The Antagonists

There wouldn't be much of a movie if our heroes were able to go on their mission unimpeded, so what kind of people do they come up against this time? It turns out that the casting of Walton Goggins in this movie has another layer to it: Goggins was one of the stars of FX's Justified, a modern western based on the works of author Elmore Leonard, and Ant-Man and the Wasp is taking a page from the Elmore Leonard playbook when it comes to its bad guys.

"I'm a big Elmore Leonard fan, in the way that there's all these sort of colorful characters kind of colliding with one another," says Broussard. "That feels crime-adjacent, to use that term again, and so we wanted to populate this movie with a lot of antagonists. Not so much people that are like villains or supervillains, but like obstacles in the way. They have their own agendas, their own journeys. They're not trying to take over the world but they're clearly standing in the way of our heroes, and Elmore Leonard was such a master at that. The Get Shortys of the world. Everybody is in a circle trying to get somewhere else and just colliding in the middle and that was a huge inspiration for the tone and the framework of where this movie could go."

As for who those antagonists will be, we know Goggins plays Sonny Burch, who, in the comics, serves as the chairman of a weapons designer firm called Cross Technologies (associated with the first movie's villain, Darren Cross), but the filmmakers kept mum on what exactly that character's involvement will be here (or even if he'll serve the same function in the movie). And we also know that Hannah John-Kamen is playing a new interpretation of Ghost, who, from the sound of it, is one of the most mysterious characters in Marvel Studios history.

Who is Ghost?

The comic version of Ghost was created by Bob Layton in 1987, and was primarily an Iron Man villain. This time around, the character is being gender-swapped. I'll let Broussard take it from here:

"Traditionally in the comics, Ghost was a character of mystery. You didn't really know the alter ego of that person. You didn't know their real name. We thought that was a cool opportunity to create a character that was all about mystery: what are the origins, what is the backstory, what are the goals and agendas of this person? It was a great vehicle for the kind of the story you wanted to tell because Ghost in the comics itself was a mystery. So very different from what has come before in the comics, but in ways that kind of – sorry, if it feels like I'm hedging my bets, I'm just trying to police myself here. Suffice it to say that she is on a path and she is on a mission at odds with our heroes on this journey, but of a similar goal, of a similar aim, at the worst possible time for Scott Lang."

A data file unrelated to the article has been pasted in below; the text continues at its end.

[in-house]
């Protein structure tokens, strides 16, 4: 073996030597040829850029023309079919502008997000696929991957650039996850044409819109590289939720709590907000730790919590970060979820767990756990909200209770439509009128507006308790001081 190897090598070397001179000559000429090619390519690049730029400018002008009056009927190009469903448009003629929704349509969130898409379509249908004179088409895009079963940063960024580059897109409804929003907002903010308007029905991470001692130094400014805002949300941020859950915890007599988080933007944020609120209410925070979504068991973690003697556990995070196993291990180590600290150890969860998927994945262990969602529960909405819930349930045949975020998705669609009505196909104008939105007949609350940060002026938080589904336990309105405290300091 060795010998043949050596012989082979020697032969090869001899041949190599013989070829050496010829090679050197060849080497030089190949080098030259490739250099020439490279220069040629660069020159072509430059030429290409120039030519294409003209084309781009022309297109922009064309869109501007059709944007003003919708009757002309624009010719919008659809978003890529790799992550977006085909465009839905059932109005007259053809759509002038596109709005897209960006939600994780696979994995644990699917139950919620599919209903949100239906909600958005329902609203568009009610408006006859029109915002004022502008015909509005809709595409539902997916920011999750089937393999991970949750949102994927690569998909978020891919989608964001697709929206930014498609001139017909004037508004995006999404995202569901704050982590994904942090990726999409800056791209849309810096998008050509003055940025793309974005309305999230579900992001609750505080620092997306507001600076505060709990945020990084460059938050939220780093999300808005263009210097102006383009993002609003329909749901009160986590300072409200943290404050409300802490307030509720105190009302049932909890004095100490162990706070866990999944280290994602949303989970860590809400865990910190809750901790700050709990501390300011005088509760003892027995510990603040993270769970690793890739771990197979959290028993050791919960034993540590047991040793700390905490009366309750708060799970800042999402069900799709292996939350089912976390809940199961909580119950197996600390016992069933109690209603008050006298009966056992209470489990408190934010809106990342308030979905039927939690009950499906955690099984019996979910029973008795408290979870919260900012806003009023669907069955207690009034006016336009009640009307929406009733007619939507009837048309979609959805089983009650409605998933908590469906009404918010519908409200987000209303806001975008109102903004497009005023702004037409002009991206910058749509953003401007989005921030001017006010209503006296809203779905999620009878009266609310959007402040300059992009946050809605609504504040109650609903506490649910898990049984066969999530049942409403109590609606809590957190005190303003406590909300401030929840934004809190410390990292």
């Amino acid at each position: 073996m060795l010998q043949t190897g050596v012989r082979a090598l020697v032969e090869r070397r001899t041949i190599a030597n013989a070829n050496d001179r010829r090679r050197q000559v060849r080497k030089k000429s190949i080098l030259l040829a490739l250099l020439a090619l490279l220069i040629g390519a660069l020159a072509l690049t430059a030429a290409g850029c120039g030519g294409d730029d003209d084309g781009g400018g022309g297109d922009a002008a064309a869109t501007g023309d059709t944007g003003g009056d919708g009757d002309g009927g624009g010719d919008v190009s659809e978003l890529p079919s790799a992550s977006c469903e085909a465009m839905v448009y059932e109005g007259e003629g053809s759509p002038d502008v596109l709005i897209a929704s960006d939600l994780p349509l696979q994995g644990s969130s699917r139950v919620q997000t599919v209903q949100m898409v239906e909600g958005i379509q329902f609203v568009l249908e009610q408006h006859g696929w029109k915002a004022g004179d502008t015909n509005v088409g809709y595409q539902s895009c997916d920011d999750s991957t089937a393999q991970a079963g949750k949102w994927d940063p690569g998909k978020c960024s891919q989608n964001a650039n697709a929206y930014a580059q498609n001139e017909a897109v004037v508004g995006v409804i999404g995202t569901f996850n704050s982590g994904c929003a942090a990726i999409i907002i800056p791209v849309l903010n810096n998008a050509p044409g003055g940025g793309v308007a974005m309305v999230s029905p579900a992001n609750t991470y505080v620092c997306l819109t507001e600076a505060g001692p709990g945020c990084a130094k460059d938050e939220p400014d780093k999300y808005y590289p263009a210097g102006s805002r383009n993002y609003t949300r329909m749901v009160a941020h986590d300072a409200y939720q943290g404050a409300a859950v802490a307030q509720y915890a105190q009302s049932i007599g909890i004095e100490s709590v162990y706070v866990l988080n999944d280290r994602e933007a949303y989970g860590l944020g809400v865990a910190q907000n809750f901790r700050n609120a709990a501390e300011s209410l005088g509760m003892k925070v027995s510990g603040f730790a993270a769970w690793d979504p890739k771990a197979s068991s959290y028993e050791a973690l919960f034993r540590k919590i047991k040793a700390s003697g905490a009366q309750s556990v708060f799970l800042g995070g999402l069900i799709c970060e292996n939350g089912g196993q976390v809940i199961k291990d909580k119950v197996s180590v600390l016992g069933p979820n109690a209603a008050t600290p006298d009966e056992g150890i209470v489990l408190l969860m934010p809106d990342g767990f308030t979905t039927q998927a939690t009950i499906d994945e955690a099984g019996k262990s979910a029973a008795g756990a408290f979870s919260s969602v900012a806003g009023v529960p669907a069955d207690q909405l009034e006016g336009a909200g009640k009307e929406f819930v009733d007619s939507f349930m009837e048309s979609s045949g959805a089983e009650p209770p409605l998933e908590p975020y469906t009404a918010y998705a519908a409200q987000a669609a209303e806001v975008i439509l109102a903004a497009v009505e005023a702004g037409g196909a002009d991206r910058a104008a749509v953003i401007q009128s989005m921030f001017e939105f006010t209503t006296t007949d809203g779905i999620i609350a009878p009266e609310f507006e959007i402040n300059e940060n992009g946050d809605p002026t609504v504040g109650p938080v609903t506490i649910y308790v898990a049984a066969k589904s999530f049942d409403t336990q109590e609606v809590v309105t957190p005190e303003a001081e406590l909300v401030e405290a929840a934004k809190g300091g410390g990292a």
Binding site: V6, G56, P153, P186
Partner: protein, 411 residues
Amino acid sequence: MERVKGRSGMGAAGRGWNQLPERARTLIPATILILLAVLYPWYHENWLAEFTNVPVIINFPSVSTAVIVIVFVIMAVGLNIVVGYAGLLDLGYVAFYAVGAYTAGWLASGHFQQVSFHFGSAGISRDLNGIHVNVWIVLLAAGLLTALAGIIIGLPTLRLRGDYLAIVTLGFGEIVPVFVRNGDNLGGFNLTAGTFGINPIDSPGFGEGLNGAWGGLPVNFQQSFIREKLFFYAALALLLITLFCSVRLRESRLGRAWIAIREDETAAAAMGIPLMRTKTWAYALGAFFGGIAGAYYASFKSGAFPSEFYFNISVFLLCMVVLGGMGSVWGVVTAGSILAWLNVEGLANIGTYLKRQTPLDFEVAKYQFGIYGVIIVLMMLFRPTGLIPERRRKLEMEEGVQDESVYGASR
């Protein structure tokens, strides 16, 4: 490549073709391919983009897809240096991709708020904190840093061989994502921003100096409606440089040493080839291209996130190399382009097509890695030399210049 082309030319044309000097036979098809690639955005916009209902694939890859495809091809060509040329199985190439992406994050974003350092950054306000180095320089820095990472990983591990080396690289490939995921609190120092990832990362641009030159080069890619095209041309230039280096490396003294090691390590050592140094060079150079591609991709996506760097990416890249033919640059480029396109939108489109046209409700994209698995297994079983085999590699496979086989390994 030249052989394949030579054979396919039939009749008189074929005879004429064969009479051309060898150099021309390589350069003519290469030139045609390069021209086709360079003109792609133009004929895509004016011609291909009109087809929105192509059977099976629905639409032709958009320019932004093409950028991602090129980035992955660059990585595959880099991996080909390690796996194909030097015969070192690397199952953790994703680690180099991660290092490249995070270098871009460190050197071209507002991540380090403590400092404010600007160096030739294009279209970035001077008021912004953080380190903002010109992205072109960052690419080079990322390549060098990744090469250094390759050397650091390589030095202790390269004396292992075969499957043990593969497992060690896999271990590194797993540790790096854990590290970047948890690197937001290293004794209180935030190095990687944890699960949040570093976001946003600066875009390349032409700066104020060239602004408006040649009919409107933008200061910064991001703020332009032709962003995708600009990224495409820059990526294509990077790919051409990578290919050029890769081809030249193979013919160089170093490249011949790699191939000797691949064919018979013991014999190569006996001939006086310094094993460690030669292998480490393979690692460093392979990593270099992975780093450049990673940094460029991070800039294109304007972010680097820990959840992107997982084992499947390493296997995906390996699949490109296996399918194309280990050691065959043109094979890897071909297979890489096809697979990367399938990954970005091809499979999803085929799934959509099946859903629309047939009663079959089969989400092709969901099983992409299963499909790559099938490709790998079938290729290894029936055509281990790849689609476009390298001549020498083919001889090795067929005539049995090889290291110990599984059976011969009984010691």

The comic version of Ghost is a skilled hacker with a suit that can turn invisible, and Broussard confirmed that her power set will remain the same in the movie...but that's about all we know about her. In multiple interviews throughout the day, nobody – not even John-Kamen herself – was allowed to tell us anything more about her. Here's an example of how part of that conversation went down:

Can you give us any sort of adjective about the movement of your character?

John-Kamen: Yeah. Definitely, uh...(long pause) ghosty. (laughs) That's all I'm gonna give you.

Enlightening, right? We were even shut down when we tried to ask one of the costume designers about Ghost's costume. But that won't stop us from speculating a little about the character in just a minute.

Odds and Ends

Here are some bullet points of other interesting things we learned about the movie:

1. While we've seen Ant-Man and Giant-Man already, this movie will see an in-between size that's internally referred to as "Variable-Man," and it sounds like that will be the result of Scott Lang's suit not functioning properly. "So much of the fun of this is when it works, it's cool, and sometimes when it's not working, it's just as fun to watch," says Broussard.

2. We assumed from all the talk about the Quantum Realm that a good percentage of the film will take place there. But according to Evangeline Lilly, "that's not true." When she asked a publicist if she was allowed to expound on that topic, Lilly was shut down. So how much Quantum Realm will we be seeing in this movie, then? Does it mean that the mission's goal is achieved relatively quickly, and the rest of it takes place in a normal dimension?